Chronic trauma: psychological and physical impacts.
Table of Contents
In my previous post I covered how our brain and body respond to big T and little t traumatic events. You can read about that here. I briefly mentioned that chronic trauma creates different problems for our mind and body. I will expand on that in this post.
I also explained in my previous post how our brain responds to a traumatic event. Our brain responds the same way with ongoing traumatic events. The left side shuts down, pieces of memory are fragmented, etc. However, when trauma events happen repeatedly, parts of our brain get overworked and continuously overwhelmed.
Chronic trauma impacts on memory.
The cycle of the left side shutting down happens each time we experience a traumatic event. This can wreak havoc on our brain’s ability to properly store memories. The right side of our brain is unable to talk to the left side to consolidate and store those pieces of memory properly. This directly impacts long-term and short-term memory. Recalling memories prior to and after the trauma can be challenging. Even things like remembering appointment times, where you set the car keys, or what you were supposed to grab at the grocery store can also be impacted.
Chronic trauma impacts on the amygdala.
Another important part of our brain that is directly impacted by chronic trauma is the amygdala. The amygdala is the brain’s emotional reaction center. When we experience a traumatic event, it evokes a strong emotional response. The amygdala acknowledges that emotional response and sees it as crucial for our survival to remember the event and emotional response it evoked. The amygdala also plays a role in activating the fight or flight response. Chronic trauma can hijack our amygdala. Suddenly we see everything as a threat, we have a strong emotional response to even the smallest of things, and we are constantly in fight or flight (survival mode).
Chronic trauma impacts on the HPA axis.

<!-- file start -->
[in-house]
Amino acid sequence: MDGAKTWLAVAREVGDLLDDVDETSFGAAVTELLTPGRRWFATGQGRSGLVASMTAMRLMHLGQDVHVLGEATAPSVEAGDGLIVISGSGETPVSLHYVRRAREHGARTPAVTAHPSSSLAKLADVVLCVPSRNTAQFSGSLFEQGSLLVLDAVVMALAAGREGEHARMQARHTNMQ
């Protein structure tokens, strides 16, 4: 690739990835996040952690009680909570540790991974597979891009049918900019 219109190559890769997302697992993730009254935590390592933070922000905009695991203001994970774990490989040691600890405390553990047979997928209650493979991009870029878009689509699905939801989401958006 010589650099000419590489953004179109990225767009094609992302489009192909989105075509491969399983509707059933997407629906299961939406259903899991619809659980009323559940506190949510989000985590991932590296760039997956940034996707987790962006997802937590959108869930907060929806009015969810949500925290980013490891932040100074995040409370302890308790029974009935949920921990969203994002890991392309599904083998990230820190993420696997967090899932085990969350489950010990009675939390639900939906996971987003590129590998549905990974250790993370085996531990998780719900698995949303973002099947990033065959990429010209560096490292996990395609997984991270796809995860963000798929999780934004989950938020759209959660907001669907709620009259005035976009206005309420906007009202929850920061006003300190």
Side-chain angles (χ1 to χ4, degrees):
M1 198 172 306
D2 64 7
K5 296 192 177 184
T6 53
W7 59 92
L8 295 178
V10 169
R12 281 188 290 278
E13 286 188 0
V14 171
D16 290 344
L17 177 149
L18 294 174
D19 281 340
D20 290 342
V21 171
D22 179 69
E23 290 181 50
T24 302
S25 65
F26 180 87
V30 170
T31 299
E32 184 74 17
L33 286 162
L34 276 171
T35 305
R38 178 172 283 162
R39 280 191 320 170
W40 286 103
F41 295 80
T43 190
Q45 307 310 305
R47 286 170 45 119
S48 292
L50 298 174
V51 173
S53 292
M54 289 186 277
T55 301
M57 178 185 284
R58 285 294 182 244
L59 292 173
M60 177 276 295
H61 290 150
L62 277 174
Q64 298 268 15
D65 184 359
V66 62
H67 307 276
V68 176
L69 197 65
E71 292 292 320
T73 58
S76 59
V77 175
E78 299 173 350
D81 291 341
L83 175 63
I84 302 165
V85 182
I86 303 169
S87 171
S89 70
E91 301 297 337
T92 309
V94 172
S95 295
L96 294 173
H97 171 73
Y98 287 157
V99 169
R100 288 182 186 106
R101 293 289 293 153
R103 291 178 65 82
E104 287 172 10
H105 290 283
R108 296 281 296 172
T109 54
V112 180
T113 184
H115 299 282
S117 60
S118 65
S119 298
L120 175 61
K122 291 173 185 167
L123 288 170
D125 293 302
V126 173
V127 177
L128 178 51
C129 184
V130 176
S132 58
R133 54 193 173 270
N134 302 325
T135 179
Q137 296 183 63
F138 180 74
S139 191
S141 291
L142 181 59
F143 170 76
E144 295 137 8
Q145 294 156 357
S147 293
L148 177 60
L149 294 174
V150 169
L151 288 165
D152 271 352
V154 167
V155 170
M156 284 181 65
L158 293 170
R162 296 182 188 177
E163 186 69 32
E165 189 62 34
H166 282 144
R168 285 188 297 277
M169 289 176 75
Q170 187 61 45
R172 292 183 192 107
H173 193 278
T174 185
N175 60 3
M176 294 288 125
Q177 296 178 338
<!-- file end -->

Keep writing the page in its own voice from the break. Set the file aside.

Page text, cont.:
When the fight or flight nervous system response is continuously activated, it signals the HPA axis to start pumping cortisol through our bodies as a survival mechanism. This is great if we are in a life-or-death situation and need that cortisol and adrenaline to get out, but exposure to ongoing traumatic events can create what is called HPA axis dysfunction. I expand on this more here.
Excess cortisol can lead to problems such as:
- weight gain: our bodies store food intake as fat cells when in survival mode so we have reserves when it is time to act on a threat.
- irritable bowl syndrome and digestion problems: our bodies slow down digestion and other “non-essential” systems to have more energy to put towards pumping blood to our heart when we are in survival mode.
- anxiety: when our brain is telling us there is a threat, anxiety is triggered to alert us and prepares us to act.
- insomnia: survival mode makes it difficult to sleep as we feel we are constantly under threat. We don’t sleep if there is a hungry bear trying to get us.
- hyper-vigilance: if our brain is constantly sounding the alarms that there is a threat, we will always be alert and guarded.
- inability to relax: we can’t let down our guard.
- muscle tension: survival mode has us geared to act. Muscles are tense in preparation for fight or flight. This can lead to chronic tight muscles.
- migraines: high stress levels can increase chances of migraines.
- chronic fatigue: at a certain point our bodies will begin to shut down due to high stress levels, anxiety, and hyperarousal.
- autoimmune disease: recent research has shown that high levels of stress can negatively affect our immune systems and lead to impairments in functioning.
As you can see from that list, every part of our body is impacted by chronic trauma. Research has shown that many of these physical symptoms are alleviated when we heal from the trauma. You can pull the weed, and it goes away for a short time. But it will always return until you get down to the roots. The physical symptoms can be mitigated for a short time, but lasting relief comes from healing the trauma.
Steps you can take:
- Find a therapist
- Practice mindfulness
- Practice deep breathing
- Recite positive affirmations